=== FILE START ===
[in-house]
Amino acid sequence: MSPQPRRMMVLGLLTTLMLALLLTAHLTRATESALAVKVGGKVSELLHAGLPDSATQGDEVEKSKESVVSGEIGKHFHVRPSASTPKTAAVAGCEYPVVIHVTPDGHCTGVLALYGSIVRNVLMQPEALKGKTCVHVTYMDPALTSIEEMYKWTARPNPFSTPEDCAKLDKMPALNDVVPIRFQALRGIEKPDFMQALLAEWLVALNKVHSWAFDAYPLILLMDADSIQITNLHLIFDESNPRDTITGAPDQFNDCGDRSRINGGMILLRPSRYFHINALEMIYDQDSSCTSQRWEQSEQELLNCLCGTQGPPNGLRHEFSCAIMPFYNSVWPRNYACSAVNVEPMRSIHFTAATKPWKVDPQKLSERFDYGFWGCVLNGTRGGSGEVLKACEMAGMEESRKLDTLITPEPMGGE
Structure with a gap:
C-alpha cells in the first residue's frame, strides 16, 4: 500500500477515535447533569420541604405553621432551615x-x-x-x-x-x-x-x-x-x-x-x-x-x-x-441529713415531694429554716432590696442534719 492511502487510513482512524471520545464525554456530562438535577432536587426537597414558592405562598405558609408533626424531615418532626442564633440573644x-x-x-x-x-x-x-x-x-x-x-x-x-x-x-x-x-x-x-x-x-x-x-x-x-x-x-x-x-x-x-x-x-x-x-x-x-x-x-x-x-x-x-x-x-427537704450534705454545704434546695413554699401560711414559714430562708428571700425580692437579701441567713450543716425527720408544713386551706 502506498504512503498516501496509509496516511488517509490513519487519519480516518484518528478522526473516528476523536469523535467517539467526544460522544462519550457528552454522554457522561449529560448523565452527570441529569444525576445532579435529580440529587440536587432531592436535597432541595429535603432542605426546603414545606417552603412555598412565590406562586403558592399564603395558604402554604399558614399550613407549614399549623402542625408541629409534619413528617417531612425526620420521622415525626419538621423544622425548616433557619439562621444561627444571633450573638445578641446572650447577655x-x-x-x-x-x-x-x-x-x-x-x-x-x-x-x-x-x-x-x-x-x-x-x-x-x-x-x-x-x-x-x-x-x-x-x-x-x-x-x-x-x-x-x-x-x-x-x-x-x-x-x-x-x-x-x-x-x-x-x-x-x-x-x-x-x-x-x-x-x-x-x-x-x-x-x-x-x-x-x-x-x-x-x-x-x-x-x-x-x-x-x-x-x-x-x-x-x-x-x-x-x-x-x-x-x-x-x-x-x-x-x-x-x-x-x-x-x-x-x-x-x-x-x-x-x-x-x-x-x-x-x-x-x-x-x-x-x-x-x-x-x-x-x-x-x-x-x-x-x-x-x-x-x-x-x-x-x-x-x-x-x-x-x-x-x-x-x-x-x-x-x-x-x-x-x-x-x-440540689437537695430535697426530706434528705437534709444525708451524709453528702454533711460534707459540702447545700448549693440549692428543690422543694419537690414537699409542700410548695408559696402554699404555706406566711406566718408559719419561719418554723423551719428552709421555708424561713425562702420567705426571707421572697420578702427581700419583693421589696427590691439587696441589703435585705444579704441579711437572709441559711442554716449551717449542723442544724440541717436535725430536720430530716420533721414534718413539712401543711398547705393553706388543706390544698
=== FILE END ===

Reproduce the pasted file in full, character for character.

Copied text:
[in-house]
Amino acid sequence: MSPQPRRMMVLGLLTTLMLALLLTAHLTRATESALAVKVGGKVSELLHAGLPDSATQGDEVEKSKESVVSGEIGKHFHVRPSASTPKTAAVAGCEYPVVIHVTPDGHCTGVLALYGSIVRNVLMQPEALKGKTCVHVTYMDPALTSIEEMYKWTARPNPFSTPEDCAKLDKMPALNDVVPIRFQALRGIEKPDFMQALLAEWLVALNKVHSWAFDAYPLILLMDADSIQITNLHLIFDESNPRDTITGAPDQFNDCGDRSRINGGMILLRPSRYFHINALEMIYDQDSSCTSQRWEQSEQELLNCLCGTQGPPNGLRHEFSCAIMPFYNSVWPRNYACSAVNVEPMRSIHFTAATKPWKVDPQKLSERFDYGFWGCVLNGTRGGSGEVLKACEMAGMEESRKLDTLITPEPMGGE
Structure with a gap:
C-alpha cells in the first residue's frame, strides 16, 4: 500500500477515535447533569420541604405553621432551615x-x-x-x-x-x-x-x-x-x-x-x-x-x-x-441529713415531694429554716432590696442534719 492511502487510513482512524471520545464525554456530562438535577432536587426537597414558592405562598405558609408533626424531615418532626442564633440573644x-x-x-x-x-x-x-x-x-x-x-x-x-x-x-x-x-x-x-x-x-x-x-x-x-x-x-x-x-x-x-x-x-x-x-x-x-x-x-x-x-x-x-x-x-427537704450534705454545704434546695413554699401560711414559714430562708428571700425580692437579701441567713450543716425527720408544713386551706 502506498504512503498516501496509509496516511488517509490513519487519519480516518484518528478522526473516528476523536469523535467517539467526544460522544462519550457528552454522554457522561449529560448523565452527570441529569444525576445532579435529580440529587440536587432531592436535597432541595429535603432542605426546603414545606417552603412555598412565590406562586403558592399564603395558604402554604399558614399550613407549614399549623402542625408541629409534619413528617417531612425526620420521622415525626419538621423544622425548616433557619439562621444561627444571633450573638445578641446572650447577655x-x-x-x-x-x-x-x-x-x-x-x-x-x-x-x-x-x-x-x-x-x-x-x-x-x-x-x-x-x-x-x-x-x-x-x-x-x-x-x-x-x-x-x-x-x-x-x-x-x-x-x-x-x-x-x-x-x-x-x-x-x-x-x-x-x-x-x-x-x-x-x-x-x-x-x-x-x-x-x-x-x-x-x-x-x-x-x-x-x-x-x-x-x-x-x-x-x-x-x-x-x-x-x-x-x-x-x-x-x-x-x-x-x-x-x-x-x-x-x-x-x-x-x-x-x-x-x-x-x-x-x-x-x-x-x-x-x-x-x-x-x-x-x-x-x-x-x-x-x-x-x-x-x-x-x-x-x-x-x-x-x-x-x-x-x-x-x-x-x-x-x-x-x-x-x-x-x-440540689437537695430535697426530706434528705437534709444525708451524709453528702454533711460534707459540702447545700448549693440549692428543690422543694419537690414537699409542700410548695408559696402554699404555706406566711406566718408559719419561719418554723423551719428552709421555708424561713425562702420567705426571707421572697420578702427581700419583693421589696427590691439587696441589703435585705444579704441579711437572709441559711442554716449551717449542723442544724440541717436535725430536720430530716420533721414534718413539712401543711398547705393553706388543706390544698